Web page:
Like a Sick, Breathing Tambura
for 4 percussionists  
Year: 2006  
Duration: 11'  
First Performance: 12 May 2006 Northwestern University, Chicago, IL  
Third Coast Percussion Quartet
I= glock/KD/SD/bongos/3 grad.cowb/1 brake d/claves/sm susp.cym/Ch.cym; II= vib/
4 grad mtl.pipes/2 congas/2 wbl/BD; III= mar/4 tom-t/bongos/5 tbl/4 grad pots and pans/
med susp.cym; IV= mar/KD/4 tom-t/4 grad mtl.pipes/bongos/2 wbl/ lg susp.cym./hi-hat

Click here to listen to an MP3 excerpt

Click here to listen to the entire piece

Click here to view a PDF score

Program Notes

Like a Sick, Breathing Tambura is based on a 15 beat, North Indian rhythmic 'tala' – or beat cycle – called Tala Pacham Sawari. I became familiar with this rhythmic pattern through a visiting lecture series at Princeton given by Zakir Hussain, the Indian tabla master and virtuoso. I attended several of his lectures on Indian classical music (an art form of which I've always been an admirer), and listened to many of his recordings.

One piece I especially loved was a "dueling tabla" realization of this beat cycle that he played and recorded with his father. The rhythm has a great feel, especially on beats 11-15 where it becomes syncopated. The whole thing feels very "cantabile" to me, which is sort of unusual (in my experience) for something that is strictly rhythmic. I was so taken by this pattern that I lifted it from the recording, transcribed it, and then went to work on it on my own. I figured that this wasn't really stealing, since it's a pattern that gets used over and over again in Indian music. Anyway, my piece just uses the basic feel of this rhythm and then goes off to do something totally different...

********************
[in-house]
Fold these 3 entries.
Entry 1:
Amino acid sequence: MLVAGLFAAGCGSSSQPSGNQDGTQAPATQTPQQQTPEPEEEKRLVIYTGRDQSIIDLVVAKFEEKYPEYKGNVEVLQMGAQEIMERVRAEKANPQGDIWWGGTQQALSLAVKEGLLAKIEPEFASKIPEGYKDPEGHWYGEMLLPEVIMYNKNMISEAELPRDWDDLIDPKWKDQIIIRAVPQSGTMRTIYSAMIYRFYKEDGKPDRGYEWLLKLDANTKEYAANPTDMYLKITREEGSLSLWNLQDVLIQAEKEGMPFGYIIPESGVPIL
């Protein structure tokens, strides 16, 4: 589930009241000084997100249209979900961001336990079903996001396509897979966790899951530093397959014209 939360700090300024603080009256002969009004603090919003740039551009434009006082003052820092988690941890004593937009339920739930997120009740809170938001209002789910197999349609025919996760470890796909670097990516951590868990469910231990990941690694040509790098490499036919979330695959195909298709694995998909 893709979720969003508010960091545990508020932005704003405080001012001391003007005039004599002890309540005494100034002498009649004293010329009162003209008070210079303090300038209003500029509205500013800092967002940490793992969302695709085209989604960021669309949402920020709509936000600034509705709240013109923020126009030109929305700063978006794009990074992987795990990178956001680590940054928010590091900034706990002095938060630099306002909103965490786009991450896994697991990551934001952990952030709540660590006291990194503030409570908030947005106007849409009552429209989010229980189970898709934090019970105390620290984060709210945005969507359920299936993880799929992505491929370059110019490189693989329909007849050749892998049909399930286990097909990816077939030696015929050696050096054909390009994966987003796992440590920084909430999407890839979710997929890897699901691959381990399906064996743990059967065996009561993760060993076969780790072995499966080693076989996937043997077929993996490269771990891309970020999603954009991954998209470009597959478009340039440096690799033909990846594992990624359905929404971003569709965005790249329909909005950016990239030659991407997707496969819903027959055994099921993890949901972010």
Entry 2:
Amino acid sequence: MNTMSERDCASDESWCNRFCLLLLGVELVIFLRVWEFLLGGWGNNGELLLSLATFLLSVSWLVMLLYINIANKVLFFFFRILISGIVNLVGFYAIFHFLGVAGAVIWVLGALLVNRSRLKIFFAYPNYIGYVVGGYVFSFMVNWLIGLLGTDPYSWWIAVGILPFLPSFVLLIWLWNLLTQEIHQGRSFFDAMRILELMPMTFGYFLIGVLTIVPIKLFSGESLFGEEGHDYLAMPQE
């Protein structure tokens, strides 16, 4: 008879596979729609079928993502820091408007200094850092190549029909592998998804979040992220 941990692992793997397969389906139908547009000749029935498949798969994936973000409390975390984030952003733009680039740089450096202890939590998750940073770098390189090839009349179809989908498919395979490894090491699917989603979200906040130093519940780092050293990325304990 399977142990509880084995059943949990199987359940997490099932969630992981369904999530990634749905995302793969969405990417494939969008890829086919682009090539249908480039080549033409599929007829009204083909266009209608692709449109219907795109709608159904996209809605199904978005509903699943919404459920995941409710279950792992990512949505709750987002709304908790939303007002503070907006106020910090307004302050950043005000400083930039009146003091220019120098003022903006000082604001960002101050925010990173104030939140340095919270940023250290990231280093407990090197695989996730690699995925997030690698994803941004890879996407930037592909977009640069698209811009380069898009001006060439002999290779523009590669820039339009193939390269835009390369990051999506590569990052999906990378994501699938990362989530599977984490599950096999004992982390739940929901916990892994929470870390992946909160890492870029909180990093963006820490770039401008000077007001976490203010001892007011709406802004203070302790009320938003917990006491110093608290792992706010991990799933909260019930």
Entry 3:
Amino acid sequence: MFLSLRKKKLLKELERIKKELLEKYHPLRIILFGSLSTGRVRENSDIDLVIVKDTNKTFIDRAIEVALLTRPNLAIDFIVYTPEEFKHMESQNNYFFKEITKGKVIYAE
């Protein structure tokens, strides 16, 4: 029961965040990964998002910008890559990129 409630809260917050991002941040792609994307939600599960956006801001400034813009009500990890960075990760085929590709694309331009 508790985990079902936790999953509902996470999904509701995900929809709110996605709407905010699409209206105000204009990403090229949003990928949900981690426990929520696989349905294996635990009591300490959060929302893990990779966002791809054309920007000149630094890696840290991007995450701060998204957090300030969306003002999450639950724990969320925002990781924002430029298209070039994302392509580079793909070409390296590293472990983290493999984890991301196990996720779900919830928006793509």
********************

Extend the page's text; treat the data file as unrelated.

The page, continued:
I really don't know much about Indian music, and after Zakir's lectures, I realized that I know even less than I ever thought I did! Indian music doesn't really inform any other part of this piece, with the exception of the beginning (and the "optional" ending) where I was trying to simulate the sound of a tambura by using two bowed cymbals and a bowed vibraphone. The name of the piece is an allusion to this- it was originally just supposed to be an imaginative tempo marking, but it kind of grew on me, and in lieu of finding something different I just kept it.

The 15 beat cycle and its various permutations run throughout the entire piece, with the exception of the very last section where it starts to get filtered out. Other than that, it's pretty much in every bar and in every instrument...




Chronological Work List


Go Home